Having been active in Asia for centuries, it will not surprise the reader that over the years many family and other connections came about which often continued after the Dutch left India, and succesively, after they left Indonesia. Some connections faded away, other connections remained, and, as in our case, some connections were re-established. Our case: Doris Canter Visscher (a family from the Northern province of Friesland), and Carel Tenhaeff (or Ten Haeff), a family from the Southern Province of Zeeland.
History in brief: first journeys to the East-Indies
In the 16th century, Dutch ships started visiting the East Indies. Why? In the 15th century, it was found the Earth was round after all, and lots of other discoveries were made. This phase in our history was called the Renaissance, or rebirth, of our ‘civilization’. Hm. The globe was explored, and countries situated by the sea, not just large countries like Spain, England, and France, but also small countries like Portugal, Holland, and Denmark, took the lead in this. They were moved by a combination of push and pull factors, as always in migration. On the one hand they were attracted by novelty, adventure, and the wealth overseas. On the other hand they were pushed by poverty and raging wars in Europe.
The Ten Haeff story
Allow me to begin with the example of one of my own ancestors, Adriaen Hendricksz Ten Haeff (1560 – 1608). He was born in the Dutch province of Zeeland. This was the time of the Reformation of Christianity; a century of conflict and war between Catholics and Protestants in Europe. The Netherlands, occupied by the Spanish, fought a bloody independence war for 80 years, ending with a treaty in 1648. This war was fought overland and overseas, and the new Dutch king had struck a deal with Dutch pirates to join hands in this war. Zeeland was one of the territories mainly taken over by the Protestants. Adriaen was a protestant, a shipowner in the Dutch province of Zeeland, and married to the heiress of a well-known pirate captain. He became alderman, and later mayor, of Middelburg, the capital of his province. And he founded the Shipping Company of Faraway, sending the first expeditions from Zeeland to Sumatra, in the East Indies, from 1595 to 1604. Fortunately, elaborate reports on these expeditions have been preserved, including etched pictures (1,2).
By 1602, there were seven shipping companies to the Indies in the Netherlands. They decided to merge into the United East-Indies Company or VOC, with their main office at Amsterdam. Adriaen Ten Haeff was one of the founders. Unfortunately, he did not live afterwards (1908). His gravestone still lies in the Remonstrant (or non-orthodox) Christian church of Middelburg.
The Canter Visschers history
The history of the Canter Visscher family in India was quite different. Quite a few family members were active in the VOC, to begin with Jacobus. Jacobus Canter Visscher was born in 1692 at Dokkum (Friesland), studied theology at the local Reformed university, continued studies at Leiden university, then was appointed as a preacher in Malabar. He died at Batavia (now Jakarta) in 1735. His many letters were published in 2008 (3).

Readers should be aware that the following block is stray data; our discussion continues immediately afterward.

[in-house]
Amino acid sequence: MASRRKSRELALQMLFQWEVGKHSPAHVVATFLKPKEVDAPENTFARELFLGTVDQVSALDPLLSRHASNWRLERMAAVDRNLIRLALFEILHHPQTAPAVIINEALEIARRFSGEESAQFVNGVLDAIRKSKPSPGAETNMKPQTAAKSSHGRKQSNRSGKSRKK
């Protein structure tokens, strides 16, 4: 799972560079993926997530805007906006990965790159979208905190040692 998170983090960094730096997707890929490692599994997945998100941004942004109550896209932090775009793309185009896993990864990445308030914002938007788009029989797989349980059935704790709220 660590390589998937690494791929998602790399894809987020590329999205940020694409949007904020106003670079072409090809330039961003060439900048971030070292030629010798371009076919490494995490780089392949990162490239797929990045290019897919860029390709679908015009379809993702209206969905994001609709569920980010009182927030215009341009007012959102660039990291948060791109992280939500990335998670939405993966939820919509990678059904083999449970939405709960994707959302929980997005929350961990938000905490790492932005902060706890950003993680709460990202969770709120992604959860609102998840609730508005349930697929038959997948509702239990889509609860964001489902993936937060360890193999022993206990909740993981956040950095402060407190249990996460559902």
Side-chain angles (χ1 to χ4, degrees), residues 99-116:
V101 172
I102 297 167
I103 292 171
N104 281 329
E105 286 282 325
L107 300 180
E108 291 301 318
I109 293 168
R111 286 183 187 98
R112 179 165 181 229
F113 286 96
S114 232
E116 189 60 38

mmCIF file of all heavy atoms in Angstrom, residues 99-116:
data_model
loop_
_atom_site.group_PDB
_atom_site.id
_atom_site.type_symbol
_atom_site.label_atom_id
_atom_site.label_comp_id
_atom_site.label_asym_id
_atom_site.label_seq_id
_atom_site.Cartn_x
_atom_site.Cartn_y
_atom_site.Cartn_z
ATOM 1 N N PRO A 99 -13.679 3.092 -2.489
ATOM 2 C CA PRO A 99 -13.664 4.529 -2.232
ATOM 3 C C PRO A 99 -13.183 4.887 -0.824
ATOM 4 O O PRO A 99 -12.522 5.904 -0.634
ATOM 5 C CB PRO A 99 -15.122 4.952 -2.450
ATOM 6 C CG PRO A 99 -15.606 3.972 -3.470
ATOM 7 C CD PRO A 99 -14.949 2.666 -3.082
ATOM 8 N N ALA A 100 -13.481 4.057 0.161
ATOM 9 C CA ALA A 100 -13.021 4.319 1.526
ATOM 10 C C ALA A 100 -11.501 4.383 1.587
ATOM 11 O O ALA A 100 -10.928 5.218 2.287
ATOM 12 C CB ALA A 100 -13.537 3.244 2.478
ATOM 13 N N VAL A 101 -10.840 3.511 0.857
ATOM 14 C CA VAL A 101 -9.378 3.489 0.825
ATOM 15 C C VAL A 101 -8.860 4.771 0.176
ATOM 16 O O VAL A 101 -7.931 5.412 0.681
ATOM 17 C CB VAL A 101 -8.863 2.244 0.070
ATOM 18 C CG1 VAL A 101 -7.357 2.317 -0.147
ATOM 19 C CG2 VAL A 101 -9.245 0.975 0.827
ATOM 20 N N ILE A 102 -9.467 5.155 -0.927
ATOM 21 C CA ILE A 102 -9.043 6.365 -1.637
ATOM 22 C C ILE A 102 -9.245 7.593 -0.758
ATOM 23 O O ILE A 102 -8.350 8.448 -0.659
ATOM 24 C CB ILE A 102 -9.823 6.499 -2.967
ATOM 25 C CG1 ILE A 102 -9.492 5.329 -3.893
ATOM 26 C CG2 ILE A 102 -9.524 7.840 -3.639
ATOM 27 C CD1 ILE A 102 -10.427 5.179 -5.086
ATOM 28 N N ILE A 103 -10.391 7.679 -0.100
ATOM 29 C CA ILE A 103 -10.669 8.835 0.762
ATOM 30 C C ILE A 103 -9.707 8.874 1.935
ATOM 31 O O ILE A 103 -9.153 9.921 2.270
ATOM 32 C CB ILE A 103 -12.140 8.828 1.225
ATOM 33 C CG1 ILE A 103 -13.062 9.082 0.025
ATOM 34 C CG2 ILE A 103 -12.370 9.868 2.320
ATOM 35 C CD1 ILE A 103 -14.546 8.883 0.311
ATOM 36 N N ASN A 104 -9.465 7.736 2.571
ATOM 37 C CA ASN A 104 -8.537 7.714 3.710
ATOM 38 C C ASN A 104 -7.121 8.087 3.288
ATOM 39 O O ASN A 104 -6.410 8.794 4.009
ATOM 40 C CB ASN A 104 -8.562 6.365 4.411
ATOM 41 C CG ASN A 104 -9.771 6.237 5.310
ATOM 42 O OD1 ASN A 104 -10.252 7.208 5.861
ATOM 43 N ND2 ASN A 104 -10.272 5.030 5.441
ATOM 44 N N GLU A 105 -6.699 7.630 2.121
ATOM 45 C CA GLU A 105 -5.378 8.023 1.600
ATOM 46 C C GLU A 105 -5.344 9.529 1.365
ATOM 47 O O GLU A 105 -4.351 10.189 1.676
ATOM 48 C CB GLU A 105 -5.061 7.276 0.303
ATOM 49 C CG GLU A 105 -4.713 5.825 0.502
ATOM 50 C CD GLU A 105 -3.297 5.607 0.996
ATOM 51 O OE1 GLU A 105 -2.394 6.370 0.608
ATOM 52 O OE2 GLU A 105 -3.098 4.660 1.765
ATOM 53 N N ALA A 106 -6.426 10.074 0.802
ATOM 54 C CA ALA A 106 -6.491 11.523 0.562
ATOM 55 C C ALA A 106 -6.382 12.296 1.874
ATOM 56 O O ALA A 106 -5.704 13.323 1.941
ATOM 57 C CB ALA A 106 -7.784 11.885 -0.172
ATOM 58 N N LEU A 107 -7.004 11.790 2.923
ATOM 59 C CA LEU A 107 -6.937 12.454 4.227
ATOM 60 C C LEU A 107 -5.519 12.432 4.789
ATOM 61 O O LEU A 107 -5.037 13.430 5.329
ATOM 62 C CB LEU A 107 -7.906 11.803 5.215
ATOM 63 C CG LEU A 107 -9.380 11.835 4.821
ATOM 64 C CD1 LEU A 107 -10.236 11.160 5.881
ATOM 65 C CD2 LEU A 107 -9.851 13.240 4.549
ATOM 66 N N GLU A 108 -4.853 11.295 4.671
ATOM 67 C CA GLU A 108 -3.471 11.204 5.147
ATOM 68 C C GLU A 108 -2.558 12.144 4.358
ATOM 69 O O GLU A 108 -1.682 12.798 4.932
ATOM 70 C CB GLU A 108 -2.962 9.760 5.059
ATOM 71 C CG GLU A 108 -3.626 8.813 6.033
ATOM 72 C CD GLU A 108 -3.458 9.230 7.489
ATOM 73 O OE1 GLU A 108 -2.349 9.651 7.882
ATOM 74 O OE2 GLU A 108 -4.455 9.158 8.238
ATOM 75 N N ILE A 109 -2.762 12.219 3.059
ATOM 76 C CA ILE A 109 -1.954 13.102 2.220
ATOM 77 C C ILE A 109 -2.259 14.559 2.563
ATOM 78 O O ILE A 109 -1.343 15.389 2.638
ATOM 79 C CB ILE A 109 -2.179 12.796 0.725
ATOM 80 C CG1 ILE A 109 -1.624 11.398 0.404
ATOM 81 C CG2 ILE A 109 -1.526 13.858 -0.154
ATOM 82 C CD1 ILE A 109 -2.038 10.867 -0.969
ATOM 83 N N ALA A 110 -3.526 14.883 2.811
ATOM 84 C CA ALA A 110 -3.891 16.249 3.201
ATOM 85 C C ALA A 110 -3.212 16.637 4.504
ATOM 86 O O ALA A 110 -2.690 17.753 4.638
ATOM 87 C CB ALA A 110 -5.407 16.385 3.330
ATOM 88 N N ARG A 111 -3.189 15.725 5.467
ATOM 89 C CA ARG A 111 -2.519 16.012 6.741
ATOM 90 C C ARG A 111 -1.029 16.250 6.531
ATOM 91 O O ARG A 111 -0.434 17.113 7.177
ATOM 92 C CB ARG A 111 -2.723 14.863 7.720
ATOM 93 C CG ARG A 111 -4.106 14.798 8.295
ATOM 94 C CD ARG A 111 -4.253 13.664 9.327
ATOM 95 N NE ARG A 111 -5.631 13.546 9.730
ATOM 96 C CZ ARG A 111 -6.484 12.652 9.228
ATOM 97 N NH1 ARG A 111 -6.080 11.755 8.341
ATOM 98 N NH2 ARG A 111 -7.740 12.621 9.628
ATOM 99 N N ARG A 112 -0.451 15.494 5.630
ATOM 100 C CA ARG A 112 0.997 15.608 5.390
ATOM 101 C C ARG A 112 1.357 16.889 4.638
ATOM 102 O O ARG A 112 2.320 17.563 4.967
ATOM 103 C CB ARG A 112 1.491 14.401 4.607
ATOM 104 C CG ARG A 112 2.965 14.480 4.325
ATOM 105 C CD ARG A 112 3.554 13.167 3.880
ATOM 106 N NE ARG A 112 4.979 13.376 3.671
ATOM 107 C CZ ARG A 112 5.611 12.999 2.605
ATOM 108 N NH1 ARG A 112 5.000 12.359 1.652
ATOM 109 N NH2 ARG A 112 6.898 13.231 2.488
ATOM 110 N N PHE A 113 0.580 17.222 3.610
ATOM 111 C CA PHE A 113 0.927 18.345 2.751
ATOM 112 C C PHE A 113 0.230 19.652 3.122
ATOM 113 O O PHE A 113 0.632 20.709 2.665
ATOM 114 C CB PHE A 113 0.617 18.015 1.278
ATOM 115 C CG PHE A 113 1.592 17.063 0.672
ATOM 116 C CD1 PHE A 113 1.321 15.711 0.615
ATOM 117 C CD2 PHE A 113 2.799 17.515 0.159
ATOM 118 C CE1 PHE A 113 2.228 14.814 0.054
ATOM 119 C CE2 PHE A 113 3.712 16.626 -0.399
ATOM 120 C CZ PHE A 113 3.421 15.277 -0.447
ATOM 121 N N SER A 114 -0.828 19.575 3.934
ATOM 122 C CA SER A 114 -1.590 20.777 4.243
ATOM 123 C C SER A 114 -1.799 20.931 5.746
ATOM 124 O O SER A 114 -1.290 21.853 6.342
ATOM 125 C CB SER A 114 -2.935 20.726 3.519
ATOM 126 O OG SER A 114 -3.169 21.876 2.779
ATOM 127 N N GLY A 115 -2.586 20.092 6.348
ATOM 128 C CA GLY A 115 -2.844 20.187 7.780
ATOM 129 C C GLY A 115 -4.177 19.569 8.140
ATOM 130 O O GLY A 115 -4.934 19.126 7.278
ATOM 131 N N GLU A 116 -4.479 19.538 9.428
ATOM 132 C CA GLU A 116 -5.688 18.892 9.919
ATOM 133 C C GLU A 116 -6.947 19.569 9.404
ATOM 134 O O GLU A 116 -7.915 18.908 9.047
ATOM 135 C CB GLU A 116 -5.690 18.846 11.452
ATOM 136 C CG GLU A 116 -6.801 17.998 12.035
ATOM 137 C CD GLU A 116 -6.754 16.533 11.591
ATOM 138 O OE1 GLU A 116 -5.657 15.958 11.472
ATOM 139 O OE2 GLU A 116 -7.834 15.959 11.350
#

Tammerus Canter Visscher was born at Pingjum in Friesland (near Dokkum) in 1729, and buried in Murshidabad (Bengal) in 1778. Although a preacher, he was appointed as upper-sales manager by the VOC. The impressive tomb of his wife was called the Dutch Mandir (temple).
And Adrianus Canter Visscher is of special importance to be mentioned here. Born in 1707 at Harlingen (Friesland), he became fiscal sales manager with the VOC at Masulipatnam, the main harbour at Golkonda; until it was destroyed first by the French and thereafter by the British, in their Carnatic Wars. Adrianus died at Driesum, near Dokkum, in 1787. He left us a precious colletion of Islamic miniatures, as well as the so-called Canter Visscher Manuscript (4). Both were preserved well by his relatives, and were donated to the Rijksmuseum at Amsterdam in 2008 (5). The Manuscript contains a critical appraisal of the economic and political strategies of the VOC Board.
By chance, Doris Canter Visscher and I met in February 2002 in New Delhi, at the Urs (islamic funeral tradition) in honor of Sufi Inayat Khan. Inayat Khan, who introduced Sufism to the West, had expired 75 years before, and was buried in Nizamuddin, New Delhi. Since Doris and I were based in The Hague, Netherlands, we kept in touch, and met every now and then.
Suddenly, in 2021, we found having another connection, via her ancestor Adrianus wo had lived in Masulipatnam, Golconda, and described the economic and political situation there; and where renovation of the Dutch cemetery was taken up in 2020. Amazing! A list of persons buried there, including Alida Keyser, wife of Adrianus Canter Visscher, was given on the internet (6).
August 1, 2021
1 Unger, W.S. (1948): De oudste reizen van de Zeeuwen naar Oost-Indië, 1578 – 1604. ‘s-Gravenhage: Martinus Nijhoff.
2 Mollema, J.C. (1936): De eerste schipvaart der Hollanders naar Oost-Indië. ‘s-Gravenhage: Martinus Nijhoff.
3 Pol, Bauke van der (2008): Mallabaarse brieven. De brieven van de Friese predikant Jacobus Canter Visscher (1717-1723). Zutphen: Walburg Pers
4 Pol, Bauke van der (2010) : “Van koopman naar Grietman.” Historisch Tijdschrift Noordoost Fryslan. Thank you Bauke!
6 A list of names of the graves found there in 2020 is given on the website Masulipatnam cemetery: Dutch history in stone – Dutch-Indian HeritageDutch-Indian Heritage (dutchindianheritage.net)